The African Wild Dog, also known as the painted dog, is one of the most fascinating creatures in the world. These animals are famously known for their strong social bonds and cooperative behavior. They spend most of their time either resting or lying together in bodily contact way; although both pups and adults tend to lie under separate trees.
These animals also prefer to move from one place to another as they don’t stay in one particular location for long. Prior to moving off, the members of a pack have to indulge in a conspicuous greeting ceremony that includes dogs gamboling and chittering. They also muzzle and lick each other’s mouths. This behavior helps them to strengthen their social bonds and reinforce their social hierarchies within the group. Licking also serves as a hygiene function, helping them to clean the fur and skin of pack members.
As they proceed to new territories, the male dogs often try to find themselves new mates from different established packs. But this process usually doesn’t come without injuries as several competing males have to battle each other out resulting in severe injuries on the face and head. Basically, the victorious alpha male and the top-ranking female are the ones that can mate and breed within a pack.
The top-ranking female usually gives birth to a litter of 2 to 20 pups, which are often taken care of by the non-breeding dogs. They contribute to the general welfare of the pups by feeding them regurgitated meat at the den as well as guarding them especially when some of the other members are away.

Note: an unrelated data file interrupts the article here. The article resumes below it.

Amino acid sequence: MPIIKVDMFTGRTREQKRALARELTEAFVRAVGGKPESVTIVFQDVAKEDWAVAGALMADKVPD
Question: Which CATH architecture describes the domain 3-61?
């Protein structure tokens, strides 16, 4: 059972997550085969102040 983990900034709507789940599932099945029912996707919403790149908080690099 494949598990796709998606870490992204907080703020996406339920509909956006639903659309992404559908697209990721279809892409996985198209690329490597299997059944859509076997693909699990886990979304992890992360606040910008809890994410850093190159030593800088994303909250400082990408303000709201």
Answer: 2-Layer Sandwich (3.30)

Social interactions are also common among African Wild Dogs, as they tend to communicate with each other through touch, actions, and vocalizations. They also use a rich social language as a way of coordinating their hunting strategies, caring for pups, and maintaining a tight-knit pack structure.
They are truly fascinating animals and a reminder of the incredible social bonds that can exist in the animal kingdom. Even as they continue to captivate us with their unique appearance, cooperative behavior, and social lifestyles a lot still needs to be done to protect them from extinction.
GET IN TOUCH
To contact an expert travel planner to start planning your adventure in Kenya, click the button below: